With the continual demand for more internet as new devices are coming out all of the time, you would think that multi system operators (MSOs) would be ecstatic.
The truth is, however, that they are all a little bit underwater. The demand for better bandwidth at faster speeds is getting higher and outpacing the MSOs ability to keep up with demand.
For most households in North America, internet is another essential utility, no different than water or electricity. It is what makes living by our modern standards possible. But as the expectation from the consumers is going up, so too must internet providers adjust.
Why Consumers Like MSOs
Consumers are typically easily drawn to using MSOs. In Canada, Rogers Communications, Shaw Communication, and Videotron cable companies dominate the market while in the U.S. you will find Charter Communications, Comcast, and Cox Communications.
All of these are widely available across each country. Since most houses and apartments are already equipped with cable jacks, hooking up a coaxial cable is simple to do. Many people also sign up for cable television, so adding in internet makes sense. But can cable keep up with the ever-increasing demands for speed?
Supply and Demand
The issue that MSOs and other forms of internet are running into is how to keep the supply up with the demand. Consumers are purchasing more and more devices that require an internet connection.
With every new device added to a network, the amount of pressure on bandwidth increases. The more devices that are connected and taking up the bandwidth, the slower that everything will seem online. Therefore, consumers can be tricked into thinking that their internet is slower when it isn’t.
In an effort to appease these customers, MSOs try to increase the speeds that they can provide. Once upon a time, Gigabit speeds were a dream. Now, they have become the norm. As MSOs push to get 2 Gbps, there are reports that 10 Gbps is expected.
There is no way to appease consumers and give them what they want when the demand is outpacing the companies’ abilities to create new speeds for cable internet. Going beyond these speeds means increase the spectrum that is available, a solution that is long and complicated.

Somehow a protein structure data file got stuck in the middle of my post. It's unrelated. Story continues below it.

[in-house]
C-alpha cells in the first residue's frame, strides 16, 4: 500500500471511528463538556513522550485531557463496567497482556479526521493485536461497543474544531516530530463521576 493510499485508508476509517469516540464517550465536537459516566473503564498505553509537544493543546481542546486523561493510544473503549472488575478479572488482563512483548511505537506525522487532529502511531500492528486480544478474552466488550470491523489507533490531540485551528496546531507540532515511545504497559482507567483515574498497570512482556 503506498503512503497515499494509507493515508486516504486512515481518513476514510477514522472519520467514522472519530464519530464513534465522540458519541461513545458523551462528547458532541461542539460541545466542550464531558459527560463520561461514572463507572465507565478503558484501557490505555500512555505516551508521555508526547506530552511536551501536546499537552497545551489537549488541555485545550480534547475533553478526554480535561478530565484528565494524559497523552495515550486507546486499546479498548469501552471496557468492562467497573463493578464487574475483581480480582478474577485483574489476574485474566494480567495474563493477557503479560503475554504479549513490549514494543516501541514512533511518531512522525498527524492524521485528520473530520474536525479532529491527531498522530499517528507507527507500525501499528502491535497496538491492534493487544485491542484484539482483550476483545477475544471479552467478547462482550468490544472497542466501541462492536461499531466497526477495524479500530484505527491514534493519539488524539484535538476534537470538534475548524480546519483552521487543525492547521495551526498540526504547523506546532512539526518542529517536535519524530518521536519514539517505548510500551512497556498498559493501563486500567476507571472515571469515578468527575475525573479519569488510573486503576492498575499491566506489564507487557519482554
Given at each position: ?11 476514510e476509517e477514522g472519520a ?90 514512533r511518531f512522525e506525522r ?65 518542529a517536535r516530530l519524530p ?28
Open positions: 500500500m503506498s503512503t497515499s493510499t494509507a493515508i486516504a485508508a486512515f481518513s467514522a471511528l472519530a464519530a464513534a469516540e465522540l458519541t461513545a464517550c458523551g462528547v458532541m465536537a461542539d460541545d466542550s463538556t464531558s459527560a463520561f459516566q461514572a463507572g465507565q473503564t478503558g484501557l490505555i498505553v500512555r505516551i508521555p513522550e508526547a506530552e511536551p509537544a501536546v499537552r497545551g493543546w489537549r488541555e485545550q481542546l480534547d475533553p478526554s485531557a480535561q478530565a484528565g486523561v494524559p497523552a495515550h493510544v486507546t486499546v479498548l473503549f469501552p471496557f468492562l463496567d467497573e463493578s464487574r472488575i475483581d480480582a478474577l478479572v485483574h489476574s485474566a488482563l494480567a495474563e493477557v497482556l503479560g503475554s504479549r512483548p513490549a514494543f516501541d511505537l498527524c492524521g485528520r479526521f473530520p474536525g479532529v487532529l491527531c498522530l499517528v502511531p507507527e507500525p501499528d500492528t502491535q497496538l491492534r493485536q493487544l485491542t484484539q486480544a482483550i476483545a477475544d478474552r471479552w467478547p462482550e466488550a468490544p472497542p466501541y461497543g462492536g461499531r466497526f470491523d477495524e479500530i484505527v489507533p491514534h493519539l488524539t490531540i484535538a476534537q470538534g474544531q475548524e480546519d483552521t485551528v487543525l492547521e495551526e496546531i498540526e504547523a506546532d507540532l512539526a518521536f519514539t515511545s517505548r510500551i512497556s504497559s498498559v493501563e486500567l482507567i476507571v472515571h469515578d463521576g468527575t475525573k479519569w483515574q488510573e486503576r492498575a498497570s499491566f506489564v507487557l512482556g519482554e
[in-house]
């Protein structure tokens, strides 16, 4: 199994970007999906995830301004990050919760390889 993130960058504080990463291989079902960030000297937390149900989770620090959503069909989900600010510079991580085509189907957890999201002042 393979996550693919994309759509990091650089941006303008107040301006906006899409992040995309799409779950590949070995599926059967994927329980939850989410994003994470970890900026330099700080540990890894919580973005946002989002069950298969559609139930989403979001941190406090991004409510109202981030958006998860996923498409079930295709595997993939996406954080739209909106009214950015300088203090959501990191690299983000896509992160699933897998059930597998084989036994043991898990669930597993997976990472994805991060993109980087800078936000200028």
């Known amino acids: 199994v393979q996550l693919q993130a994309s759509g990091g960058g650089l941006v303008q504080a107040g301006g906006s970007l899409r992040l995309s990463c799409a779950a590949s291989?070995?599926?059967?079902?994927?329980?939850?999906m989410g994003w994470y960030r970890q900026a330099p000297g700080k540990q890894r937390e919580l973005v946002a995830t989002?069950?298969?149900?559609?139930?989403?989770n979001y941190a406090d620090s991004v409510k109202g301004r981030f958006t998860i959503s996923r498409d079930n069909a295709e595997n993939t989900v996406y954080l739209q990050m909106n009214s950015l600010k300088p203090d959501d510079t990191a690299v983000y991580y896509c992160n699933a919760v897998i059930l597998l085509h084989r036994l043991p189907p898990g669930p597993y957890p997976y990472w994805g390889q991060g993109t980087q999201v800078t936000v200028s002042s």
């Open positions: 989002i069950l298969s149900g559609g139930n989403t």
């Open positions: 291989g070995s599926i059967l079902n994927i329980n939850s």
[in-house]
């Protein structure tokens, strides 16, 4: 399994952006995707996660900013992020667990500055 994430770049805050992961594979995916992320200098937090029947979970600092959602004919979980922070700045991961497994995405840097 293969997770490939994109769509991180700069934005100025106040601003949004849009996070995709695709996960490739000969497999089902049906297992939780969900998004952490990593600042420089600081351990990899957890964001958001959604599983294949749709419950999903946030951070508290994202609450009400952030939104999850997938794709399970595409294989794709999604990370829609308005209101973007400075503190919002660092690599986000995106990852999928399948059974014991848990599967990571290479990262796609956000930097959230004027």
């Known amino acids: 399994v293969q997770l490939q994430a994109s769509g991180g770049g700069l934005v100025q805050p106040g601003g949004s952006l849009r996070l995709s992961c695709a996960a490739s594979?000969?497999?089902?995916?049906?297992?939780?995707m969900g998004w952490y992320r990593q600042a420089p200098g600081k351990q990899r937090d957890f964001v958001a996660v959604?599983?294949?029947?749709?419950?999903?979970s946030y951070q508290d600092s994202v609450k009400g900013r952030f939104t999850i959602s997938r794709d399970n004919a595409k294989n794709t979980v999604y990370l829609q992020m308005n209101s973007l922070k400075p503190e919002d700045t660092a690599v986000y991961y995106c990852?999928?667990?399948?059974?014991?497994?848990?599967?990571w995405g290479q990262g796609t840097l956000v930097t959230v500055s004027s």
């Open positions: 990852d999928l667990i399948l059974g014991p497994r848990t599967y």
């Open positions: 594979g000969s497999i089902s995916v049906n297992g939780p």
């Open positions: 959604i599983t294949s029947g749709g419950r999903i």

Why MSOs Are Popular
MSOs are one of the most popular forms of internet that you can get. The companies themselves are well-known throughout their area. The service is accessed easily and they are known to be one of the fastest types of internet that you can get.
The disadvantage is using MSO internet in a neighbourhood, apartment building, or just a densely populated area, because the more users that are on the line at a time, the slower the service will wind up being. This is especially true if you have any neighbours who are downloading or uploading heavily since that is a big drain on bandwidth on any network type.
They also have a tendency to have heavy advertising and specials that make the company names memorable. As a result, consumers are more likely to sign up with the companies due to familiarity rather than the internet speeds that they can provide.
Risk Of Fiber
While cable is easier for the average internet consumer to obtain, it is being surpassed by the speeds that are being offered by fiber optic networks.
Fiber internet is notably faster with fewer interruptions, but it requires a fiber cable to work. Most homes have already been fitted to accommodate coaxial cables, so the accessibility is already there.
To get fiber into homes that do not have it yet, fiber lines would need to be run, which is a headache.
But if MSOs cannot keep up with the speed demands of the average consumer, they will need to brace themselves for the loss of customers who move over to fiber internet. Fiber (Verizon FiOS or Frontier FiOS) can handle the speed demands easily where MSOs are struggling to keep up.
Even though the threat of fiber is sneaking up behind them, MSOs are not going anywhere right now. The companies are large as it is and account for such a large portion of internet across North America that it would be foolish to think that they will go down over night.
If fiber becomes easier to obtain, however, then the companies will really need to brace themselves for change and see what they can possibly do to save themselves as the demand continues to exceed what they can actually provide.
As of now, cable MSO companies have an active role with smart homes. Even though home automation is still in its infancy, it is still continually growing and becoming more popular. Cable currently can handle the demands, but the question remains: how long can it keep up?